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Charter School Financing Myths

Charter School Capital

October 8, 2014


AFSA High School, Charter School Capital, Minneapolis, MinnesotaThe National Alliance of Public Charter Schools (NAPCS) recently announced their newest campaign, “The Truth about Charter Schools,” where they clear-up common misunderstandings about charter schools.
All of us in the charter industry understand that even though support for charter schools is widespread, there are still myths and misconceptions that create confusion and resistance.
That’s why we’re so excited about the NAPCS’ campaign, and why we’ve decided to support their efforts by tackling some charter school financing myths and facts of our own.
MYTH: Charter schools should use their reserves to finance growth instead of looking for outside financing options.
FACT: Using outside financing to facilitate growth can make a charter more financially secure in the long run, and pay for continued growth without depleting cash reserves.
MYTH: Working capital should only be used in the case of state funding delays or deferrals or as a last resort.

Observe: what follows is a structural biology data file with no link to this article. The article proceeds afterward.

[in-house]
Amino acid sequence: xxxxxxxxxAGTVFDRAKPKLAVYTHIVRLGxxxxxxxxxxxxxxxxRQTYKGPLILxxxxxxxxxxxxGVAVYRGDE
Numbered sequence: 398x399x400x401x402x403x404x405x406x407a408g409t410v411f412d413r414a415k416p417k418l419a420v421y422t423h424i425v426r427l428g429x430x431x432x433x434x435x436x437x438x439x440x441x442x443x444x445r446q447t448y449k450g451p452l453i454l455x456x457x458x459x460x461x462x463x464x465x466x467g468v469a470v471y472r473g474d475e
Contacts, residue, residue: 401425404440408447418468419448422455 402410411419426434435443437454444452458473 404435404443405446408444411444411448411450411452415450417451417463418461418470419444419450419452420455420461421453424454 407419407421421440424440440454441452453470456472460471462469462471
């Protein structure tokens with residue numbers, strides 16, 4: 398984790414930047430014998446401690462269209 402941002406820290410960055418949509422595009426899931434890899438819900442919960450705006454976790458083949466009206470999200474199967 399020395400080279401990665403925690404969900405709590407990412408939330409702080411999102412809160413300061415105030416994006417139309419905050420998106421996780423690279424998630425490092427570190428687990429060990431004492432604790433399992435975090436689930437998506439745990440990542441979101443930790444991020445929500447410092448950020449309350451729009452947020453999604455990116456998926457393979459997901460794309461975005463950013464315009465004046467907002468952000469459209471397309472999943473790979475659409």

FACT: Working capital is incredibly flexible and can be used for operational growth, program enhancements, technology upgrades, school expansion, etc.
MYTH: Running a charter school is not like running a business.
FACT: A charter school is a business and making smart, informed business decisions will benefit your school’s viability, financial health, and overall growth.
MYTH: Bonds are the best way to fund a facility.
FACT: Less than 10% of charter schools can actually obtain bond financing. The process of getting a bond is often time-consuming, arduous and incurs hidden fees from audits, trustees and rating agencies.
MYTH: Charter schools should own their own facility.
FACT: You’re in the business of educating students, not owning and managing real estate. There are many other financing options that will give you control and security over your facility.
MYTH: The cost of getting financing is too high.
FACT: There is a significant opportunity cost to being inadequately funded and being unable to pay your staff, enhance your programs and enroll more students.
MYTH: The most important factor of getting financing is the interest rate.
FACT: Just like getting a car loan or a mortgage, there are fees and transaction costs hidden in many financing deals. Make sure you’re comparing your total end-cost when evaluating different charter school financing options as well as making an apples-to-apples comparison.
Are there other myths you have to add? Let us know in the comments below!

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